• A UPC identifies a product’s name and manufacturer, but an SKU number provides a product’s important characteristics.
  • Individual merchants assign SKU numbers to their own products, while UPC codes are issued by the Global Standards Organization and apply to all items of the same product around the world.

SKU Number vs. Serial Number

If SKU numbers are different from UPC codes, then what about serial numbers? While both SKUs and UPC codes identify types of products, serial numbers are unique identifiers for individual items. For example, if a store is selling 20 laptops with the same model numbers, each would share an SKU number and a UPC code, but each item would be assigned a unique serial number. They typically are used to track a specific unit through inventory and to document warranty information.

How to Create SKU Numbers

Are SKU numbers difficult to create? Creating SKUs is fairly simple by following a few straightforward steps.

Step 1: Create a Format

There are no fundamental limits on what formatting you use in your SKU architecture or how many characters should be included in your SKU codes. When deciding on a format, make sure you consider how you’re using SKU numbers. For example, if your cashiers need to memorize SKUs, it’s a good idea to keep them short and easy to read. However, if you’re working in warehouses with many different products, longer SKU numbers might be a better choice.

Once you decide on the length, select a format that allows you to embed some level of meaning into each section of your SKU code. You could split your code into three sections—a beginning, middle and end— and assign each section a different meaning.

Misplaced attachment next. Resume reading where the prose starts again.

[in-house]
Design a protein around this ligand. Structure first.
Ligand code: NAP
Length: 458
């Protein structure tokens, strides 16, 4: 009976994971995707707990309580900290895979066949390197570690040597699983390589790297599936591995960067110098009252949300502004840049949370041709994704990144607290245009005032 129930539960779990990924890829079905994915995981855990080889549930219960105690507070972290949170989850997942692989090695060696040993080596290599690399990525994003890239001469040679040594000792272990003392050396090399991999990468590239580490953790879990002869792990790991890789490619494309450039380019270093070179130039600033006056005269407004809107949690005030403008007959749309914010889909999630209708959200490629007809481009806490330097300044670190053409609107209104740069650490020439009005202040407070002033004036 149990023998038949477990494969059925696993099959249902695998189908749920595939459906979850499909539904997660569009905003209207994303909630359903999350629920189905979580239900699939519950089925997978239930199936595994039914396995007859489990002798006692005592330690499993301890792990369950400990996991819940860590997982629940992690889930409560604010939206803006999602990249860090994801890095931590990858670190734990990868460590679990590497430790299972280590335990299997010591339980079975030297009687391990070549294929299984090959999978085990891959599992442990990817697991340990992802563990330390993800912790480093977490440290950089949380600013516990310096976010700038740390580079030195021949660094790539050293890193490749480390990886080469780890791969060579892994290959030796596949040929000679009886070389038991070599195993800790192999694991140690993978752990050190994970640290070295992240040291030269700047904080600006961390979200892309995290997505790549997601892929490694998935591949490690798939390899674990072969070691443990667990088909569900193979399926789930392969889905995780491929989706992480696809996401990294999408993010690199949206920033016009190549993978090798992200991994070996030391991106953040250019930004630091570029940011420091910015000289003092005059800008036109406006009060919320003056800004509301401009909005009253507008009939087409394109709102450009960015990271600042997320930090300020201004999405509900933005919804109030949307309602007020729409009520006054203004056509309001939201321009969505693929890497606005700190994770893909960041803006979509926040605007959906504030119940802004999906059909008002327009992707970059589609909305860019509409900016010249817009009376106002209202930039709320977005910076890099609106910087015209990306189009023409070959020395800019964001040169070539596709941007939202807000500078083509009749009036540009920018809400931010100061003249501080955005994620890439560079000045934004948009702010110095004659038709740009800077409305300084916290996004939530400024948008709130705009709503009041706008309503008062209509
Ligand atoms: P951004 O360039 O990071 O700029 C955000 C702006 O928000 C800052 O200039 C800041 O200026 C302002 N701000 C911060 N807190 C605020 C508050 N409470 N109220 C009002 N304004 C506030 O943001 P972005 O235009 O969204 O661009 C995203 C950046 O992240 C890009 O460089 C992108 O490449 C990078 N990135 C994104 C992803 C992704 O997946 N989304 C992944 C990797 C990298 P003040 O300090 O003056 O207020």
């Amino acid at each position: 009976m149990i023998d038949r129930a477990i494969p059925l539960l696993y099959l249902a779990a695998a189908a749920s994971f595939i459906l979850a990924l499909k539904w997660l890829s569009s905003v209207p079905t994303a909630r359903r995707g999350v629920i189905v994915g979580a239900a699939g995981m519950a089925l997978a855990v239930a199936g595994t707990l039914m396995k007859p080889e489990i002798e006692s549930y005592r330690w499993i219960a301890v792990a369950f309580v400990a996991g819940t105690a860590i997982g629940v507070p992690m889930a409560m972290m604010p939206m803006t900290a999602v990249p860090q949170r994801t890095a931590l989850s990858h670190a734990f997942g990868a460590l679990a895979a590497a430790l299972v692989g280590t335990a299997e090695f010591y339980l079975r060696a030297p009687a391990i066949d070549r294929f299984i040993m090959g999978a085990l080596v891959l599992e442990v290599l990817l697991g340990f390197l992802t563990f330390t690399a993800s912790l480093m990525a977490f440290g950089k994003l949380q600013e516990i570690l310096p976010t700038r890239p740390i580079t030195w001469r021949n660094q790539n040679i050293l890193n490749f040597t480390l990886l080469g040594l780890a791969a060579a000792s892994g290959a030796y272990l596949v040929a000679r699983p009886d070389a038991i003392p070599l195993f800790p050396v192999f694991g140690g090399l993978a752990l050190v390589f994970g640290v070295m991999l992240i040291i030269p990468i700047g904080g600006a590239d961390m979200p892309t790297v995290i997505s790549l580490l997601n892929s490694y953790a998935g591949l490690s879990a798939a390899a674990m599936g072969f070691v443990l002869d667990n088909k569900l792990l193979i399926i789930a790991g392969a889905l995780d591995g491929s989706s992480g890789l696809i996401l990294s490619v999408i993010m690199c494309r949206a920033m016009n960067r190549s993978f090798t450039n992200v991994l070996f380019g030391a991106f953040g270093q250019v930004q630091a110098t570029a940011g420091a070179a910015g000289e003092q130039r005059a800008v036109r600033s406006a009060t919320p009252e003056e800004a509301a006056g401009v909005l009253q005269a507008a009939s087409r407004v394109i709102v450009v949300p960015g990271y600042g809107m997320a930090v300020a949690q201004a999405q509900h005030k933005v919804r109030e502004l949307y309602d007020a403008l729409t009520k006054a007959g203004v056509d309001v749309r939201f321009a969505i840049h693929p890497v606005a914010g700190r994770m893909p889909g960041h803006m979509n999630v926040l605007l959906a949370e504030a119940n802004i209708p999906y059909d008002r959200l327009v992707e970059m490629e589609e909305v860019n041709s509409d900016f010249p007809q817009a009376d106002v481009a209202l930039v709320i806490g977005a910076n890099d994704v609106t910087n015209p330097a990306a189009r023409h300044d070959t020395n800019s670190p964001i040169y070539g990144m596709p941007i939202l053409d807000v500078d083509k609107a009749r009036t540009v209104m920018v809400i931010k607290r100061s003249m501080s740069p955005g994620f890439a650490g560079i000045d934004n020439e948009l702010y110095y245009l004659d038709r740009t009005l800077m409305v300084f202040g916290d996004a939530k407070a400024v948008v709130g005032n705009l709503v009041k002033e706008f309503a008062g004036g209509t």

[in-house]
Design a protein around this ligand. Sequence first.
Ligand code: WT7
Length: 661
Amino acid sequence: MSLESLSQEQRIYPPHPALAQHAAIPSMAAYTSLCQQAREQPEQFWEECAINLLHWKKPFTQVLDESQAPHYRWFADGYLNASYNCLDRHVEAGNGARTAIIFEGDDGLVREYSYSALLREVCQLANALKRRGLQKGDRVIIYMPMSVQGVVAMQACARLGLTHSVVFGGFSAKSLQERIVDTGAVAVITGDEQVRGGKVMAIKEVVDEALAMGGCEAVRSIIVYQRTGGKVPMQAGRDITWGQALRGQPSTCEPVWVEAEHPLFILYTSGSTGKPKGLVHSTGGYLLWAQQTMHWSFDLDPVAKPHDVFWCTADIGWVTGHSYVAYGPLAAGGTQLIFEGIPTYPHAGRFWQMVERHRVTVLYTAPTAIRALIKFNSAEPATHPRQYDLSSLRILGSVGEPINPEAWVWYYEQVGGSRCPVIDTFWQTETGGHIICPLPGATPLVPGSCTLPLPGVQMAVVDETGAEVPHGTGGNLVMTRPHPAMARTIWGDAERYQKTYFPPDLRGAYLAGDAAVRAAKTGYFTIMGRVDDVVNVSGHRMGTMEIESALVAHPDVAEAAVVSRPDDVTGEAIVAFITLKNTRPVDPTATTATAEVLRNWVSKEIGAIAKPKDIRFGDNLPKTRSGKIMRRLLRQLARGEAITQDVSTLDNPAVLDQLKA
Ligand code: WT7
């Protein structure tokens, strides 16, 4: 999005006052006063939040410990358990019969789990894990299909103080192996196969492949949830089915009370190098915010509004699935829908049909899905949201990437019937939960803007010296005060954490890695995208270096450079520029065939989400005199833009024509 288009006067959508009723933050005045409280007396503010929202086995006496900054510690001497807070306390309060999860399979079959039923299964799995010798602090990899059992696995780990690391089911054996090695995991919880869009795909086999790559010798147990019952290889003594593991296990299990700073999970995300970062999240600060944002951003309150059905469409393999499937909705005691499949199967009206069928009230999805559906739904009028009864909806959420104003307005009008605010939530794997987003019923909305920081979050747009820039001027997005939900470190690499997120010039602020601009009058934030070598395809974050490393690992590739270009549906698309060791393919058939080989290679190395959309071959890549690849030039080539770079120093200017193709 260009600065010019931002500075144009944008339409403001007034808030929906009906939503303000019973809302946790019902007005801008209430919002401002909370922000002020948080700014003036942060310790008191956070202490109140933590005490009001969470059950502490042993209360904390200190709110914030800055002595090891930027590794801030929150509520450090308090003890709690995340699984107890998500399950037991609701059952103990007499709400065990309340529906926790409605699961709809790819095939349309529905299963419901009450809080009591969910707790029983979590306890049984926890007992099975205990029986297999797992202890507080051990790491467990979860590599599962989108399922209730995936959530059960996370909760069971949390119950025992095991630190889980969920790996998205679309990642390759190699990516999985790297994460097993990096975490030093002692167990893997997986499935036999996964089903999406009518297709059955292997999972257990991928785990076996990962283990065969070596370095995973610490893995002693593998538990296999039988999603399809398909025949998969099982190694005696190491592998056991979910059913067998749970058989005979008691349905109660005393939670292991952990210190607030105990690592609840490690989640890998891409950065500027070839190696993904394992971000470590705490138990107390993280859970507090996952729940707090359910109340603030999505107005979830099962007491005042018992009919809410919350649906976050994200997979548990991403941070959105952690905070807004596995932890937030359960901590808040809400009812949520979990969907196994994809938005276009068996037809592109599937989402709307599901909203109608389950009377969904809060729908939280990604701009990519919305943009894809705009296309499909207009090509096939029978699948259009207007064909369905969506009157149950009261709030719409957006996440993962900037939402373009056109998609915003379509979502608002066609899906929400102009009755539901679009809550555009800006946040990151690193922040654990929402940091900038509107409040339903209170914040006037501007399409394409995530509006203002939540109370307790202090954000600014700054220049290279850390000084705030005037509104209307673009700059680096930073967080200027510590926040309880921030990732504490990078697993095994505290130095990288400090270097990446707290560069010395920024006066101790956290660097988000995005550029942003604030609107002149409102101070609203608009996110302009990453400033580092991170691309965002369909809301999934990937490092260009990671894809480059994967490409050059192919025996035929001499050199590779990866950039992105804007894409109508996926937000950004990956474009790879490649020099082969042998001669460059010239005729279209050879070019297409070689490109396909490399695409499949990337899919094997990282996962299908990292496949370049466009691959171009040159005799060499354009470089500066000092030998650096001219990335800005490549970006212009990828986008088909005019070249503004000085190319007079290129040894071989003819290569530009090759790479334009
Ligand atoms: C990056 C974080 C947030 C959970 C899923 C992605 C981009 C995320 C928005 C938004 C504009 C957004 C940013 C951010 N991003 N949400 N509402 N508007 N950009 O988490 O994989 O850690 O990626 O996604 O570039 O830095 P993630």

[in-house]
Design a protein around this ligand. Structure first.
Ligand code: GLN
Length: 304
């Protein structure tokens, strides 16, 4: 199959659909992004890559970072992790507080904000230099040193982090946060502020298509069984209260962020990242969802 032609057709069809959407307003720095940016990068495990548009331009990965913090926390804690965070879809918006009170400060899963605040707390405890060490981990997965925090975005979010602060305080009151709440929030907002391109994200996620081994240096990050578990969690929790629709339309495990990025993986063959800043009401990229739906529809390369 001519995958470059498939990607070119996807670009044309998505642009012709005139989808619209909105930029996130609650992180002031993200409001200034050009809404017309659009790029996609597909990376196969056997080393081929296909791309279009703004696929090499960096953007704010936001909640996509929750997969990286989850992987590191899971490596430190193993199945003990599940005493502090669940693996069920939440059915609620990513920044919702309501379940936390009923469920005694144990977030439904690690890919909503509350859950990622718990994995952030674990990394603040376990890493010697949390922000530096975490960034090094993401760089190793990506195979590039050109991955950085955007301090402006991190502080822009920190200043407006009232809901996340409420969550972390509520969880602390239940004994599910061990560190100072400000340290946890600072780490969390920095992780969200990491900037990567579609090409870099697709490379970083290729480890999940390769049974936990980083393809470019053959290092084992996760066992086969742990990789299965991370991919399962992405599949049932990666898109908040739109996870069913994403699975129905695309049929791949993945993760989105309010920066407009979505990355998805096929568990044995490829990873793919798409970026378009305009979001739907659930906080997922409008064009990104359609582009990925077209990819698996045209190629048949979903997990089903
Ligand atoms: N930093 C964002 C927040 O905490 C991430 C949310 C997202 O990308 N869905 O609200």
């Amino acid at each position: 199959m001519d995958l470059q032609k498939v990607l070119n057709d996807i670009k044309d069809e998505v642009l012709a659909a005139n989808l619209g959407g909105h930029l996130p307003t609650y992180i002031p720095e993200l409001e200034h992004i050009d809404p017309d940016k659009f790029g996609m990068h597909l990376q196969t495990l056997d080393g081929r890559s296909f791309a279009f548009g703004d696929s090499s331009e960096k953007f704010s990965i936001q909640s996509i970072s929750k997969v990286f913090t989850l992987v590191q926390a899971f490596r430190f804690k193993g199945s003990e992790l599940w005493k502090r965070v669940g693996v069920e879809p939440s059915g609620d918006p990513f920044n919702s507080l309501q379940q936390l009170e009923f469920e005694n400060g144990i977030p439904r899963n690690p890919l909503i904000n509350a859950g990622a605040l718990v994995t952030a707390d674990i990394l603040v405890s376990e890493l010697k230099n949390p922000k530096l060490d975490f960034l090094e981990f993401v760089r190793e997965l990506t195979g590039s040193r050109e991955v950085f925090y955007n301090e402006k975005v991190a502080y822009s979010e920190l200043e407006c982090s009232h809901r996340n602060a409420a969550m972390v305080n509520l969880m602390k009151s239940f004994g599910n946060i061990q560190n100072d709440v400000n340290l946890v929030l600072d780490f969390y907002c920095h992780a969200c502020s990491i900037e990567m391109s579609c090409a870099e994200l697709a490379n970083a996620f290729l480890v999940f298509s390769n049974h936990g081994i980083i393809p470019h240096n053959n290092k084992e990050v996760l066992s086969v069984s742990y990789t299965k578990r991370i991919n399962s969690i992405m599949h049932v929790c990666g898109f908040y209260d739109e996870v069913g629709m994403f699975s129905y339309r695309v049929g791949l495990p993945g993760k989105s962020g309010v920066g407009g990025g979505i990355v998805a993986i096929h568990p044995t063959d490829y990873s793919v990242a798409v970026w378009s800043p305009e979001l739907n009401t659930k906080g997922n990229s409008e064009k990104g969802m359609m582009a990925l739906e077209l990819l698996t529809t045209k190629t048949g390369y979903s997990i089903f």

Step 2: Develop a Coding System

After you’ve determined your SKU format, it’s time to create a coding system, including a list of codes for product characteristics like manufacturers, brands, colors, and sizes. Your point-of-sale software might provide a function for this step, but a manager also can design a coding system using a spreadsheet software product like Microsoft Excel or Google Sheets.

Just make a list of manufacturers and brands in one column of your spreadsheet, for example, and assign each a code in another column. When you put the different sections of code together, you’ll be able to identify each individual product for sale. By developing your own system, employees eventually will be able to identify each product sold by its own unique SKU.

Step 3: Generate SKU Numbers

Don’t worry if you’re overwhelmed by all those numbers. You don’t have to create SKUs manually. Instead, employ an SKU generator to assign the sequences for you.

Many of the top e-commerce platforms and point-of-sale systems software offer SKU generators. Business owners also can choose from a variety of SKU generator apps that are simple to download and immediately use. A few of the most popular SKU generators include Zoho, MageCloud and Primaseller.

SKU Example

How can you recognize an SKU number? What does it look like? Most SKUs are about 8 characters long, and they are made up of both letters and numbers. However, because every business can develop its own SKU format, the exact length and composition of the sequences can vary.

Still unable to envision an SKU number? Perhaps the following SKU number examples can help:

  • TSH-000-S – This SKU number was assigned to a small black T-shirt. In the code, TSH stands for the type of product, T-shirt. The 000 is the code assigned to the color black, and the S means the item is a size small.
  • DR-211-FL-12 – This hypothetical SKU number was created for a yellow, floral dress, size 12. To start the sequence, the DR code means the product is a dress. Then, 211 means it’s the color yellow, FL means the pattern is a floral design, and finally, 12, of course, is the item’s size.